The earliest Christians followed a Jewish tradition of pausing to pray, preferably together, first thing in the morning, about mid morning, at noon, about mid afternoon, and in the evening. “Just a Note” posts are brief observations made from Scripture readings not related to a lectionary. If I have one to post, it normally appears about 9:00 in the morning, at “the hour of prayer.”
Miracles of healing are rare. They are inexplicable. In John chapter 9 there was a genuine miracle. The leaders of the Jews did not know how to explain it. In case there was some sort of fraud going on, in verses 18-23, the leaders investigated.
Was this man who had been blind really the person he said he was? His parents certified that he was. Was he really blind? Yes, he was blind since he was born. And he sees now? Yes, he seems to see.
The authorities wanted to know how this had happened. In verse 21 the man’s parents deny knowledge of how he was healed or how he could see now. John gives us the reason for their denial. Although it seems they do know how their son was now able to see, they were intimidated by the pressure from the Jewish leaders. The leaders had a policy of removing from the synagogue anybody who followed Jesus. Therefore, they chose to deny knowledge of what happened.
Why is removal from the synagogue so important? Sadly, in a modern Western culture we have largely forgotten the importance of excommunication. Being removed from communion, or, in the case of this family, removed from the synagogue, is a clear statement that you have no part in God’s promises. You do not have access to forgiveness. Grace is not available to you. This is a terribly serious matter. The family was told that if they acknowledged Jesus they were to be condemned eternally.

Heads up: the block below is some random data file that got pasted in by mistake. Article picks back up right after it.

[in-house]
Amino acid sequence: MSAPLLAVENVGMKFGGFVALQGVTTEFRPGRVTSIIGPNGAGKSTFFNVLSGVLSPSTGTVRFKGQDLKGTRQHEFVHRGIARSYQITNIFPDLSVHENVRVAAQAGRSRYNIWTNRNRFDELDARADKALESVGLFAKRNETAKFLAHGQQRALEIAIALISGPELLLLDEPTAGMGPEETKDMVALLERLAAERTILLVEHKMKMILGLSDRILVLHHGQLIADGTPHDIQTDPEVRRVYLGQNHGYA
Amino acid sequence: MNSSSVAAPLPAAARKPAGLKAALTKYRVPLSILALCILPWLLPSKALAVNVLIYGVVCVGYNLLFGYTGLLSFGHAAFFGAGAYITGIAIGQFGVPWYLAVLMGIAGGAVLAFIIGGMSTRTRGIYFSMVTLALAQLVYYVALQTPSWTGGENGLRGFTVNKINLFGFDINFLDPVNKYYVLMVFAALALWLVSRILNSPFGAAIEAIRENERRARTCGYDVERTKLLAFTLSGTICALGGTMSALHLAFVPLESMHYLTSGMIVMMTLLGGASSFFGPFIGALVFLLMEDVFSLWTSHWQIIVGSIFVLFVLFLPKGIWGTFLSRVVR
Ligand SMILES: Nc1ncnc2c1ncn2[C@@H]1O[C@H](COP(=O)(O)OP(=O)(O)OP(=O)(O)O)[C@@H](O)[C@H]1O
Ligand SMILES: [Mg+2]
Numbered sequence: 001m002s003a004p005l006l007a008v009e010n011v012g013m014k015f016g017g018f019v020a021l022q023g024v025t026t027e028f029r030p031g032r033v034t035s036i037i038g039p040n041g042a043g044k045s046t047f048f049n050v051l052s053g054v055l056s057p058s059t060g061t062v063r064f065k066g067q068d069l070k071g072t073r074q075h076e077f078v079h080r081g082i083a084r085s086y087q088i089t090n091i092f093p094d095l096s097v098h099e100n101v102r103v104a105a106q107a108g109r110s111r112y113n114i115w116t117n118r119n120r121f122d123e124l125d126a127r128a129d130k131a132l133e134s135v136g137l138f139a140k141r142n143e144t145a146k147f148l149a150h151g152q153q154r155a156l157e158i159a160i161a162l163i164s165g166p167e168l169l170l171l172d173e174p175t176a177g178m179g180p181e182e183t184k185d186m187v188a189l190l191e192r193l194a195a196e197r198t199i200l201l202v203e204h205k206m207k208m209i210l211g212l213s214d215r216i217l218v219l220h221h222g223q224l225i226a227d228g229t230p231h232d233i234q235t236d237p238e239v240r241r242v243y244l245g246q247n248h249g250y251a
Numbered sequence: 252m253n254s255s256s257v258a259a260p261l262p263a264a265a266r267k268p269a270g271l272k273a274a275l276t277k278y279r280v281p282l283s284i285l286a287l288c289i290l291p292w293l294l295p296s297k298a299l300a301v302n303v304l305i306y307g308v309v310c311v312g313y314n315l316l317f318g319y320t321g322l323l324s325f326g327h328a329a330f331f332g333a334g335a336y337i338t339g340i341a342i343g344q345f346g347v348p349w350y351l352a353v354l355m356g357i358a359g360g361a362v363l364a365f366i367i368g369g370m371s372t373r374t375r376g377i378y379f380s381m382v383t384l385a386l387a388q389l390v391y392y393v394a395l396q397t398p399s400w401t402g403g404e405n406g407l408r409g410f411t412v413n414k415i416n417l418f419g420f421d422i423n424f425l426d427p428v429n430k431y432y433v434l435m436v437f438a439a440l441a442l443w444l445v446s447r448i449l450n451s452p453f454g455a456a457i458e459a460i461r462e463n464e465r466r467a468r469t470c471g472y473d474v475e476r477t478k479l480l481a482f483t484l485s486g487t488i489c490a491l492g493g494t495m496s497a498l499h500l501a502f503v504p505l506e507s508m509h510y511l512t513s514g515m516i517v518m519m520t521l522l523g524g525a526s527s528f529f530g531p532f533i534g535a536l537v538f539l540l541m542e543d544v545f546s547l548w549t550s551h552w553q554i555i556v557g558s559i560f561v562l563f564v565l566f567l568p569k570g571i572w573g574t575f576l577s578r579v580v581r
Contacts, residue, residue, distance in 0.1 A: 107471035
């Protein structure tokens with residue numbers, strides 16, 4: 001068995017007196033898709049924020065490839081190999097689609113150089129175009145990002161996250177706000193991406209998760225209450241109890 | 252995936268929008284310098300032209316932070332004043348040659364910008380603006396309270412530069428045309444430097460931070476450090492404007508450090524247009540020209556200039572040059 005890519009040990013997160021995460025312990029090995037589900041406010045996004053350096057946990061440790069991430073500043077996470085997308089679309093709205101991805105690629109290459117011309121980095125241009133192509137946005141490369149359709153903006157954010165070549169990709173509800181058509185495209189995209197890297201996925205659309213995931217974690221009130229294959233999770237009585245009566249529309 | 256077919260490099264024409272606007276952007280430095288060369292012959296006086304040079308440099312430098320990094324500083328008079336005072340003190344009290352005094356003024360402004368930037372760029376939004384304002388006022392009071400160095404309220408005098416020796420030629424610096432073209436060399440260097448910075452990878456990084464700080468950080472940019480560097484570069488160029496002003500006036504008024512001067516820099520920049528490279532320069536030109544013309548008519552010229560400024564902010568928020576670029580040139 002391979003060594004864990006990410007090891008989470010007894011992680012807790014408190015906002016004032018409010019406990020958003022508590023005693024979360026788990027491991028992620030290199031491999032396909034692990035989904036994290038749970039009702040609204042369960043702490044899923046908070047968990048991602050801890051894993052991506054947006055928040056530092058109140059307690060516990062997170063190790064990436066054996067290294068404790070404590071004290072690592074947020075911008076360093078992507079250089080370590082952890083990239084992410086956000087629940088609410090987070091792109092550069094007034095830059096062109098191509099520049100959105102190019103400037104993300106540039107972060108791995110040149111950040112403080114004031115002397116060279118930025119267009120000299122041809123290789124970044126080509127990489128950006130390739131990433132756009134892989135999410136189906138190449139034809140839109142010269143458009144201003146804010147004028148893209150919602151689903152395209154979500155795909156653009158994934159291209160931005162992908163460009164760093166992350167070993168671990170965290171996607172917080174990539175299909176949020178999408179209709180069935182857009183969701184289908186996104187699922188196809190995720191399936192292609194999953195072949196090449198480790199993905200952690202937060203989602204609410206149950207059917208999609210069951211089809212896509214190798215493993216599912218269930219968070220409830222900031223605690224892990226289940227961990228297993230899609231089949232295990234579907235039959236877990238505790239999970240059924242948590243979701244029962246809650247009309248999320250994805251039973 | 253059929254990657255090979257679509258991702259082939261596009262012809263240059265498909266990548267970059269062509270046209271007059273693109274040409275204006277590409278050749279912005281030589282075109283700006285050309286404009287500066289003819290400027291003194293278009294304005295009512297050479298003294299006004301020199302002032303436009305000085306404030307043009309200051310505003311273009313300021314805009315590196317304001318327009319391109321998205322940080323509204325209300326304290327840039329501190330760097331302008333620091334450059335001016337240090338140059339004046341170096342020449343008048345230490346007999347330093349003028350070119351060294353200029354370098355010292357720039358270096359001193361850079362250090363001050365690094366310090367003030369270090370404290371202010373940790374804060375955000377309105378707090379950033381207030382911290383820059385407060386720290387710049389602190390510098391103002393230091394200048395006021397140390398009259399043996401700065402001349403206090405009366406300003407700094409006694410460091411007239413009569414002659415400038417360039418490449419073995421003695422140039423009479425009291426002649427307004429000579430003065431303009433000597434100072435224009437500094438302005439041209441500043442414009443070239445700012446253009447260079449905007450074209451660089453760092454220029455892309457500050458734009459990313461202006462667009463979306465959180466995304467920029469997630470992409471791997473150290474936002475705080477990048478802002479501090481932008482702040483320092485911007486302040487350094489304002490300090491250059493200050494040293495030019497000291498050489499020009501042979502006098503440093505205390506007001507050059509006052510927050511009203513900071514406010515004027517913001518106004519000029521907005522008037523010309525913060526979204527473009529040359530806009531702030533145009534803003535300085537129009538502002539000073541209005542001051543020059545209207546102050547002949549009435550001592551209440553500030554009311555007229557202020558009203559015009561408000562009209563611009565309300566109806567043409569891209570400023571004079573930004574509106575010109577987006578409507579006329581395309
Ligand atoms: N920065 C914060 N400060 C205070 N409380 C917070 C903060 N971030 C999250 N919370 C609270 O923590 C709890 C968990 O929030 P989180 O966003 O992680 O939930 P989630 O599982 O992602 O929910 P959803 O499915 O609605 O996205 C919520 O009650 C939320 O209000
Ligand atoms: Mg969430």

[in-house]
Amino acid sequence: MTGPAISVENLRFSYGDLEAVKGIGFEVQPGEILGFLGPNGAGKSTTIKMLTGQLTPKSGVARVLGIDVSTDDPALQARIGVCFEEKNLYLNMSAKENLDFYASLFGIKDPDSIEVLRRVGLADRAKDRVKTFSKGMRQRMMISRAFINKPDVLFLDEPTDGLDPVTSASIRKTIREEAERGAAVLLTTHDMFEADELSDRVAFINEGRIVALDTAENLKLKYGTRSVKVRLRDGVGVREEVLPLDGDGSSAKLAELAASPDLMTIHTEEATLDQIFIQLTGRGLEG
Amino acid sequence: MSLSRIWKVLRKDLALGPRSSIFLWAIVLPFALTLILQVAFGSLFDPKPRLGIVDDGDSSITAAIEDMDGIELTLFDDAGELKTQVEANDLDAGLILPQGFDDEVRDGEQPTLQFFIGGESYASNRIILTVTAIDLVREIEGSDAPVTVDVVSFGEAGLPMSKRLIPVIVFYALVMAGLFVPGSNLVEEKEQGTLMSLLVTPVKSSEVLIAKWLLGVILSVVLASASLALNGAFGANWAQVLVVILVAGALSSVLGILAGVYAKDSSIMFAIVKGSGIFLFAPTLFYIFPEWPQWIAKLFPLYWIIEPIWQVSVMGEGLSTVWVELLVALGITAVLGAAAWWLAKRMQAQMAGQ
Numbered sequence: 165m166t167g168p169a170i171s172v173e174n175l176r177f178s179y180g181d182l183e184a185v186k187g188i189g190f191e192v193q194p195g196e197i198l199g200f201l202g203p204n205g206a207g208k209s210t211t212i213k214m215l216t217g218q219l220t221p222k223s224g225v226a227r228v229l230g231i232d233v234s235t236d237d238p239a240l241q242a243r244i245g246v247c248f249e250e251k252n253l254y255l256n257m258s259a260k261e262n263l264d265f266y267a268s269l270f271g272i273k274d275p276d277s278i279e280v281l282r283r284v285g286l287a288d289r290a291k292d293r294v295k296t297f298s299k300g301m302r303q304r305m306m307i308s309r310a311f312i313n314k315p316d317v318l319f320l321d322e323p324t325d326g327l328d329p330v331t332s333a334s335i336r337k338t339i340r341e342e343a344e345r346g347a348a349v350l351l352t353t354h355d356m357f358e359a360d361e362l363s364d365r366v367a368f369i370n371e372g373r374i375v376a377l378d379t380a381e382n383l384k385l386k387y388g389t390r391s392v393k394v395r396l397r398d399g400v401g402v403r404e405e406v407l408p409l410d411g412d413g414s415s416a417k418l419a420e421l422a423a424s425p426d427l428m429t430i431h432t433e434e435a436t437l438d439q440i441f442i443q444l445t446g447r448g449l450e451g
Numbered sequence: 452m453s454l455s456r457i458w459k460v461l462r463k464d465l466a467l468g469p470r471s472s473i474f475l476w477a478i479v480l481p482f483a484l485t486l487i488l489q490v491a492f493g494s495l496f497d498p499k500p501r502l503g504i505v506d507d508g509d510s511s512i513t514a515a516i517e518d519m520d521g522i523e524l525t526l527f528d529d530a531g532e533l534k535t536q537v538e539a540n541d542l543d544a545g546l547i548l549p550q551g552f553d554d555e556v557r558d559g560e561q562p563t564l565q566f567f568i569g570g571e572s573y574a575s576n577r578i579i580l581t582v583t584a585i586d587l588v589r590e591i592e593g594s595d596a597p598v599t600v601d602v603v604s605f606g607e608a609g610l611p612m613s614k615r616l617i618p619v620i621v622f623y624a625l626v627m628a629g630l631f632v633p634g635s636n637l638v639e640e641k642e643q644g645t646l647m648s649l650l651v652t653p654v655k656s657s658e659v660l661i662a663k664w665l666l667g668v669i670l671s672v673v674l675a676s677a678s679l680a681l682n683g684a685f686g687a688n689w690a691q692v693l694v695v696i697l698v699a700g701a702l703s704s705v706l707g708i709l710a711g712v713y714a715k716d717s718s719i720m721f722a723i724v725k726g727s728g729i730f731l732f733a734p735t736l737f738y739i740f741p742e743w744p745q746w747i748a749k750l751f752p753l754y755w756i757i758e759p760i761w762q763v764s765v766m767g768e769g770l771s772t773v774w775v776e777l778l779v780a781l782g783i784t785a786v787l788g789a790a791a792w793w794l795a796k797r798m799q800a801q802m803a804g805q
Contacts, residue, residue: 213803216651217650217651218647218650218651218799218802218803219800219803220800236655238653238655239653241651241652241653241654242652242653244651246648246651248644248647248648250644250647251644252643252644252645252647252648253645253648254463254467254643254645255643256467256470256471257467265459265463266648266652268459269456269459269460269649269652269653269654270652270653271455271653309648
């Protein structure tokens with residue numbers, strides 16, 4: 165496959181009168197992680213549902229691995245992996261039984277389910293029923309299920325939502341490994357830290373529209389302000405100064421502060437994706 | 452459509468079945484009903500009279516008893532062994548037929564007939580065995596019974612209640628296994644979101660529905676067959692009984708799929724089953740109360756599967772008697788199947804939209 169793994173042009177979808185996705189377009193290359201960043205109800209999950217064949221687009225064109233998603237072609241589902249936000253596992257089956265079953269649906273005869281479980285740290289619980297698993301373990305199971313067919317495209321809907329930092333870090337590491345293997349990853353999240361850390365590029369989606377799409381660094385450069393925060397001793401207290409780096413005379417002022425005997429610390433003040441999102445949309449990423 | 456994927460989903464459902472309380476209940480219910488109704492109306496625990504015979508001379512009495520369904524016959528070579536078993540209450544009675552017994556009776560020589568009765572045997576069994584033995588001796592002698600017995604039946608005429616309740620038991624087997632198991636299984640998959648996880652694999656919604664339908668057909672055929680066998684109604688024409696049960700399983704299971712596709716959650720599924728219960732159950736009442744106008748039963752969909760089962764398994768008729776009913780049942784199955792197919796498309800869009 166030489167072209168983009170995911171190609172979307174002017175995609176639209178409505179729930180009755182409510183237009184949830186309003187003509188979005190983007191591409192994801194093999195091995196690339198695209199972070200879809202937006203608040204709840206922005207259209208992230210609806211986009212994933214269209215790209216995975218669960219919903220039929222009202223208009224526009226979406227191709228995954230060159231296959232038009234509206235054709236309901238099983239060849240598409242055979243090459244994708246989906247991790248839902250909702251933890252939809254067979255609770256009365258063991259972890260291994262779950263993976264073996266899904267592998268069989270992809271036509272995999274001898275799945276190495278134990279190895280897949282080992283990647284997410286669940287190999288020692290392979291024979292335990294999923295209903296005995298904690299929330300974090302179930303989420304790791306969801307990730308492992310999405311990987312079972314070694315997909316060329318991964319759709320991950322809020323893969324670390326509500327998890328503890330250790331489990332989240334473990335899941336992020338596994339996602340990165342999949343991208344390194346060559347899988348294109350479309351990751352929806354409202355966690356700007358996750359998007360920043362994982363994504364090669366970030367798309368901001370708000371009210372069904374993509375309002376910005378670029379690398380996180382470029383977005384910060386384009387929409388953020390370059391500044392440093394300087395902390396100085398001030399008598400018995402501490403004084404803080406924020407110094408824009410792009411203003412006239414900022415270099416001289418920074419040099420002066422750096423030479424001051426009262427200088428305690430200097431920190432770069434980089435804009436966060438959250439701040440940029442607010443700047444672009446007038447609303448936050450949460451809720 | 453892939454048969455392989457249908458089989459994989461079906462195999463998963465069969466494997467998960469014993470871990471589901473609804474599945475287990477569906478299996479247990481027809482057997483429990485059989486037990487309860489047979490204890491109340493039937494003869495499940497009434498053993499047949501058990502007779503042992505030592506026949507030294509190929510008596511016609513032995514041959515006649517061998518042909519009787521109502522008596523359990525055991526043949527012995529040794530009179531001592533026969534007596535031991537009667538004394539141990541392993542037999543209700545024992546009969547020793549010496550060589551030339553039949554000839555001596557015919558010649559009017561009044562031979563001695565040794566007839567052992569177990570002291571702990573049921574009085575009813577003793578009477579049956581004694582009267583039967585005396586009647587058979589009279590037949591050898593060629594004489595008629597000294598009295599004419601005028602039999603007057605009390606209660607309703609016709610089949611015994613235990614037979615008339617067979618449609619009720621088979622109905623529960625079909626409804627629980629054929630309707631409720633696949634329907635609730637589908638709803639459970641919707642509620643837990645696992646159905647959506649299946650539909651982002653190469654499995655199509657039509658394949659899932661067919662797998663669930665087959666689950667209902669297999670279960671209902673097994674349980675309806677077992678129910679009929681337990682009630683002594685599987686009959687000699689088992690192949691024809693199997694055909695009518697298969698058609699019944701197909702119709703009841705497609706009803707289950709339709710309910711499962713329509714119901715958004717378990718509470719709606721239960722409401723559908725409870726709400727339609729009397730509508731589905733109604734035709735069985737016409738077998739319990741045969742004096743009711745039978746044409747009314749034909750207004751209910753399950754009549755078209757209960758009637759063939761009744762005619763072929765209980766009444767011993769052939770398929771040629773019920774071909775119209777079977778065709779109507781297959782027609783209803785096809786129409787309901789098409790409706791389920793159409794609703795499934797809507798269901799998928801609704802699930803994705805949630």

How seriously do Christians consider their testimony? Do we realize that a denial of the faith is effectively saying that we have no part in God’s kingdom? There are many social pressures which would urge people to deny one or more of the doctrines of Christianity. We are pushed to endorse the essential equality of different religions. We are urged to see Christianity as simply a lifestyle or cultural choice. We are told that the roles the Bible pictures for people are not actually important. It is difficult to decide how to live as a Christian in a culture that is increasingly hostile to the claims of the Scripture. Like the parents of the man in this Bible passage, we are tempted to avoid the question and to live a contradictory life. May the Lord have mercy on us all.
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